As climate variability increases, so will its potential to impact conflict and governance. Climate change will act as a “threat multiplier,” straining public resources, aggravating fragile situations, and potentially leading to violent conflict. Countries with weak governments will be particularly at risk, as governments may become overburdened by efforts to absorb the stresses and shocks associated with climate change.
In many poor countries, development promises jobs, housing, and economic opportunity. Climate impacts on land, food, and water will strain those efforts and create difficulties for governing bodies. Extreme weather events and disasters, sea-level rise and coastal degradation may all limit the ability of governments to provide basic services and protect their citizens. Inability or unwillingness of government institutions to manage the impacts of climate change may cause political unrest; at the same time, climate change adaptation and mitigation programming that do not take a conflict-sensitive approach have the potential to contribute to conflict dynamics, undermining the adaptation and mitigation aims they strive to achieve and risking serious harm to communities.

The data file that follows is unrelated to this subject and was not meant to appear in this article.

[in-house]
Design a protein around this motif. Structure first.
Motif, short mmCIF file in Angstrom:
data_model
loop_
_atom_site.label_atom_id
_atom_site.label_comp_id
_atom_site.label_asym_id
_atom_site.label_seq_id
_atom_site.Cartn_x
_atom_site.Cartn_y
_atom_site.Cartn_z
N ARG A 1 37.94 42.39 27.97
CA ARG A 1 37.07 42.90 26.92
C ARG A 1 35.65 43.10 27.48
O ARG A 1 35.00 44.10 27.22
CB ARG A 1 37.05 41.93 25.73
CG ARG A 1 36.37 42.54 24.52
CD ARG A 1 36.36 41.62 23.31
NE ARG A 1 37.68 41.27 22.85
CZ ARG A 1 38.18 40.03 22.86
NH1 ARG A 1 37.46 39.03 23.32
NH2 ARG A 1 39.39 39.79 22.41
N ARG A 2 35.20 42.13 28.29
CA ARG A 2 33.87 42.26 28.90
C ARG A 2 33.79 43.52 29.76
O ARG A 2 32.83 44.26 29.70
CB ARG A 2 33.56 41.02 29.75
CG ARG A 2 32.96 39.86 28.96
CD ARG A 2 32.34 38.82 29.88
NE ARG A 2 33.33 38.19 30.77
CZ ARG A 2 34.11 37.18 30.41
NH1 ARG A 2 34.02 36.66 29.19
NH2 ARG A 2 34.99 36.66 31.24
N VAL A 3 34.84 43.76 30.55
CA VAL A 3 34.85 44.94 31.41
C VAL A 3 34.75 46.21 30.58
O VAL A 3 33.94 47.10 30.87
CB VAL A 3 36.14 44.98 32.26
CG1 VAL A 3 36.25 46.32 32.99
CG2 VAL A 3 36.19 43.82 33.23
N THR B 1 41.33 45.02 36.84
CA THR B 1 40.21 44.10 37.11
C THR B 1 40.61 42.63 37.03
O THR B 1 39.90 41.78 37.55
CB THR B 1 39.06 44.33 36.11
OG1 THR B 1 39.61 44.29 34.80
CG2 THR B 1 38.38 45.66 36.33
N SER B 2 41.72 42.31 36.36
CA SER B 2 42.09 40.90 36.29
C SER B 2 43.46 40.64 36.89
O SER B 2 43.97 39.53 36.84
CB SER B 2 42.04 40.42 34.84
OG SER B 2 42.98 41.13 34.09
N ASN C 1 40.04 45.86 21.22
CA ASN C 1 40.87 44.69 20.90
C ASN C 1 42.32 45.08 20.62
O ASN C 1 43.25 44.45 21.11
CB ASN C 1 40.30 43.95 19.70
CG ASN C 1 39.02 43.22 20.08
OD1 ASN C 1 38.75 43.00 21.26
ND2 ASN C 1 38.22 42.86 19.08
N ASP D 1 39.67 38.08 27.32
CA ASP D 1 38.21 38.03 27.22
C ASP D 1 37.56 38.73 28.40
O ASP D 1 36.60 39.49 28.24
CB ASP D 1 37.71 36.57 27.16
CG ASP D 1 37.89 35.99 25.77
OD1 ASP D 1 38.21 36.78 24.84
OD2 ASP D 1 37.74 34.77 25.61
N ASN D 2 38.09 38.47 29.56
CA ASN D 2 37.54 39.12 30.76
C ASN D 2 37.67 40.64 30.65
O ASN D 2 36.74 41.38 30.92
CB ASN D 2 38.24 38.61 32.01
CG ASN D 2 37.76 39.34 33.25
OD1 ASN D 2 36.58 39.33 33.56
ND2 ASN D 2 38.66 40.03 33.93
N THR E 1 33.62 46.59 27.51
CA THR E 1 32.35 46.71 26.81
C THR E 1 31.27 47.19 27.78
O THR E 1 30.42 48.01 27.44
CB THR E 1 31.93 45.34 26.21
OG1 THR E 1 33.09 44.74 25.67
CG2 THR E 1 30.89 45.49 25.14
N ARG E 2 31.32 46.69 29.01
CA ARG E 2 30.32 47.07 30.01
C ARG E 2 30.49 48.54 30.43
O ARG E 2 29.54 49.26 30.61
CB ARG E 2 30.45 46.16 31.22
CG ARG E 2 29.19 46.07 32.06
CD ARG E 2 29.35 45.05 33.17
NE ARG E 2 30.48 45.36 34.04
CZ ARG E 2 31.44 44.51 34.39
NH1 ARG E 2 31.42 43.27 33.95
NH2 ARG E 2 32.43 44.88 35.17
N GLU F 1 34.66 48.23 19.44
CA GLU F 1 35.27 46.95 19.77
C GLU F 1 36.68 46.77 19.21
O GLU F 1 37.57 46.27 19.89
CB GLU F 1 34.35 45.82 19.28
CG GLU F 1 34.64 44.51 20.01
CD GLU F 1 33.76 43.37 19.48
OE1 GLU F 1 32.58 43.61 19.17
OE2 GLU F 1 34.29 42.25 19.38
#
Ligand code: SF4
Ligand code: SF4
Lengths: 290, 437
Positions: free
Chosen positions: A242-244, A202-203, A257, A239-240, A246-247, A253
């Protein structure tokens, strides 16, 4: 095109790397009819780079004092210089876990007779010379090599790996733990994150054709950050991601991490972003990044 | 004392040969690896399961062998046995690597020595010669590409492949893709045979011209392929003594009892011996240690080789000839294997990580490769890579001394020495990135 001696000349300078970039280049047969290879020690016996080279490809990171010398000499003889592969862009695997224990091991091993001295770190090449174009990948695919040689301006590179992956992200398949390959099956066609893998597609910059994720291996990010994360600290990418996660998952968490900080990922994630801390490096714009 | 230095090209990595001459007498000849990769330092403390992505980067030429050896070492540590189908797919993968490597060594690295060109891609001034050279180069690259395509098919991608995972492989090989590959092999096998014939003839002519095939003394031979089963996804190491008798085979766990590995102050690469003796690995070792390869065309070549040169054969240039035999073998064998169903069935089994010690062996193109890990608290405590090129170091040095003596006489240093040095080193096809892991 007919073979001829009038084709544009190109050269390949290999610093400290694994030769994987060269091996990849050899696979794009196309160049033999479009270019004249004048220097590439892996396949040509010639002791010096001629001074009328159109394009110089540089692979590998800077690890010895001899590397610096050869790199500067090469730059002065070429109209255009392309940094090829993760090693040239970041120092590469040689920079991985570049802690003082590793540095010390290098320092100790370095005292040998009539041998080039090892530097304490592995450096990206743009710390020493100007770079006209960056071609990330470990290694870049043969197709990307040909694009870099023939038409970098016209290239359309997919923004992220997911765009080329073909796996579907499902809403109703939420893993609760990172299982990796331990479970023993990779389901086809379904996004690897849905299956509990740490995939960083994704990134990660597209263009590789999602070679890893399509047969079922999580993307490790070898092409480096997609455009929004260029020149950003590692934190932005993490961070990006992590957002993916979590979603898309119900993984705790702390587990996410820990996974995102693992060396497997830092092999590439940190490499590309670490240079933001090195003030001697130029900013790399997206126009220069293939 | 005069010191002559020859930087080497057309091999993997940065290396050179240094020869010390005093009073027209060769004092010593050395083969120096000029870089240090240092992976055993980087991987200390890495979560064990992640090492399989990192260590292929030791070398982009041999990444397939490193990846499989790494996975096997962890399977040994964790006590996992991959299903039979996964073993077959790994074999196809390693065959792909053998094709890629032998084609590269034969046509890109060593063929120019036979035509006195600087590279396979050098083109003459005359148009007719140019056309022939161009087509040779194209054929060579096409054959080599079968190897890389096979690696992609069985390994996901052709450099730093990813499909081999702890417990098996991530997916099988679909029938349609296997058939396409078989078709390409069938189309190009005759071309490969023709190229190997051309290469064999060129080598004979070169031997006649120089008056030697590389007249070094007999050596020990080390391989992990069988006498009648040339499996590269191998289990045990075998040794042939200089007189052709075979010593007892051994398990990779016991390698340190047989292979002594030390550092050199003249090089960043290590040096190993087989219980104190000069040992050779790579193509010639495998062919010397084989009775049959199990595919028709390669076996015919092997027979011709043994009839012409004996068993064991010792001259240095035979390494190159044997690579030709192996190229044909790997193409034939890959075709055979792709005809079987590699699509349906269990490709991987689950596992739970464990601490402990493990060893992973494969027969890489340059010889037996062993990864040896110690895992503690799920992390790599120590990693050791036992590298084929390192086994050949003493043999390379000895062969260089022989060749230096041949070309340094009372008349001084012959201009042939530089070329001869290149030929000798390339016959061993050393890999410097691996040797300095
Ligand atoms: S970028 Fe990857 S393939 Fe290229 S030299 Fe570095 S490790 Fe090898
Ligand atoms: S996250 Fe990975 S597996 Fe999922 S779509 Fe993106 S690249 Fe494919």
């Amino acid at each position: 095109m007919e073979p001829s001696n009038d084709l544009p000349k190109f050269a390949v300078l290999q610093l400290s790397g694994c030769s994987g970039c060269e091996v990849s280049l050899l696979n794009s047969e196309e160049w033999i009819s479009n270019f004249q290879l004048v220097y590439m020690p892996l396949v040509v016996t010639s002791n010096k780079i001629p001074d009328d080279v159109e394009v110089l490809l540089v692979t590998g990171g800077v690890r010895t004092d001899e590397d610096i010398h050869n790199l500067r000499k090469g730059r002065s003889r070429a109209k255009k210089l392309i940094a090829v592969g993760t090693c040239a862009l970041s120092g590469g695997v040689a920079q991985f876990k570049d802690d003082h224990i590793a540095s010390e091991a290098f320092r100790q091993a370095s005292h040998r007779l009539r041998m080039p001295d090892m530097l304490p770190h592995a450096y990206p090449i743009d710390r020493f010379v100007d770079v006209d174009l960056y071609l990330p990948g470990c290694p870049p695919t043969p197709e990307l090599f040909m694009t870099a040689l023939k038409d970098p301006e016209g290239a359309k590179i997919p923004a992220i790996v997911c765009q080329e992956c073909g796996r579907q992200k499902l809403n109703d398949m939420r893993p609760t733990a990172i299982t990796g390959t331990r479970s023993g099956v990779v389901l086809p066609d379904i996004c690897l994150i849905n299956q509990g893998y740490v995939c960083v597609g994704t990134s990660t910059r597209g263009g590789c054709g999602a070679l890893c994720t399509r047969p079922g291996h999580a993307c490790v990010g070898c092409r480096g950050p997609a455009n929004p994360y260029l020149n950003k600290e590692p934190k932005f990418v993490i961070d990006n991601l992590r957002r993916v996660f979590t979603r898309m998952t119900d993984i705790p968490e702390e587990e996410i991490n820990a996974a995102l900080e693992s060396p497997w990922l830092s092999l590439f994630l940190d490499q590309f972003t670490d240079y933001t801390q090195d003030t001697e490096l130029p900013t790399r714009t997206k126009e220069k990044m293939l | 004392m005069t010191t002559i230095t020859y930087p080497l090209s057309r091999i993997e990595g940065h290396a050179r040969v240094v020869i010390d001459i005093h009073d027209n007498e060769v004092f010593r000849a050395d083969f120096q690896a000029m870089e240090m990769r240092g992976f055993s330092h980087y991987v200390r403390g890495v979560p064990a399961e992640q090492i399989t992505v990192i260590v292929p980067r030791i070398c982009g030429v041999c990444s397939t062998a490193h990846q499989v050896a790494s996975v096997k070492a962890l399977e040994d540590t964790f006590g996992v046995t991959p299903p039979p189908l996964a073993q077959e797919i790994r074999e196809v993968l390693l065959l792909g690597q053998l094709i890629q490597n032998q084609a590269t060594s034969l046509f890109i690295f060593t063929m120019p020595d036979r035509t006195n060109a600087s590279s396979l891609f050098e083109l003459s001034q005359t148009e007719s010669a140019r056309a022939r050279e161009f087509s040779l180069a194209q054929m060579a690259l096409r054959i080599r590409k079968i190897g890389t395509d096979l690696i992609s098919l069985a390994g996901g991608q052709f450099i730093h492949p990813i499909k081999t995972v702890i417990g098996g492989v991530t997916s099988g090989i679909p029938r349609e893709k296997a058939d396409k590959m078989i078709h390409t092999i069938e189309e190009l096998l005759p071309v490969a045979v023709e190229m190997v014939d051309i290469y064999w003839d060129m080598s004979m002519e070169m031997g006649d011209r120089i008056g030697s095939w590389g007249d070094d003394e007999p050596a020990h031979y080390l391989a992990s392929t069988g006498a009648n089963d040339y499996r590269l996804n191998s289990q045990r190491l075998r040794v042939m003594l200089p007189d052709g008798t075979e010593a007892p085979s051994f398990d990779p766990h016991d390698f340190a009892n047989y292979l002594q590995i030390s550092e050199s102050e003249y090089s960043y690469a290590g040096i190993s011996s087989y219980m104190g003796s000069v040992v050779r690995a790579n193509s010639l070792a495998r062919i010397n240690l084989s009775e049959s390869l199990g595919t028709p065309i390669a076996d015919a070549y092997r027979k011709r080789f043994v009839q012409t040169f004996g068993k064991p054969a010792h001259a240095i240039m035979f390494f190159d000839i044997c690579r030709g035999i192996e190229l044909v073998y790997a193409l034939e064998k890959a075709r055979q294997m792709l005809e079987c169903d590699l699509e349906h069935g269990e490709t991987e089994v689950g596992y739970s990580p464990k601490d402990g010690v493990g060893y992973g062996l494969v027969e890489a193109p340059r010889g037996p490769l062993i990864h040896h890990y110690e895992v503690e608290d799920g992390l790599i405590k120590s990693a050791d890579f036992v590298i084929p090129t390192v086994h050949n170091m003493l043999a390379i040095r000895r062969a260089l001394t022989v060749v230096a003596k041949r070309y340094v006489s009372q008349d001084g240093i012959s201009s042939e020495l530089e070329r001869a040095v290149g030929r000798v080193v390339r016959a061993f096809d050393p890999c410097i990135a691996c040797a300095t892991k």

Building the capacity of local, regional, and national governments will allow them to take measured and timely steps to respond to climate change impacts. Improved planning and climate vulnerability assessments can give governments the tools to address issues posed by a changing climate proactively. Improved access to justice and strengthened conflict resolution mechanisms can offer citizens alternatives to violent conflict, and collaborative approaches to adaptation can bring communities together in ways that transcend political and social boundaries.
Pathways to Peace: Addressing Conflict and Strengthening Stability in a Changing Climate
This series by the Adaptation Thought Leadership and Assessments (ATLAS) project considers how programming that promotes peacebuilding and climate change adaptation can simultaneously produce multiple dividends.View Content
Lessons Learned from the Peace Centers for Climate and Social Resilience
In recent decades, as droughts have become more frequent and severe across arid and semi-arid areas of the Horn of Africa, outbreaks of conflict among pastoralist groups have also been on the rise. This report shares lessons learned from a pilot project in three districts of Ethiopia, which focuses on this intersection of climate and conflict.View Content
Adapting Development Programs in the Face of Climate Change and Conflict
This blog examines USAID’s Findings and Preliminary Lessons from Uganda, Ethiopia, and Peru report. In all three countries, climate change is disrupting communities’ long-held understandings of their environments.View Content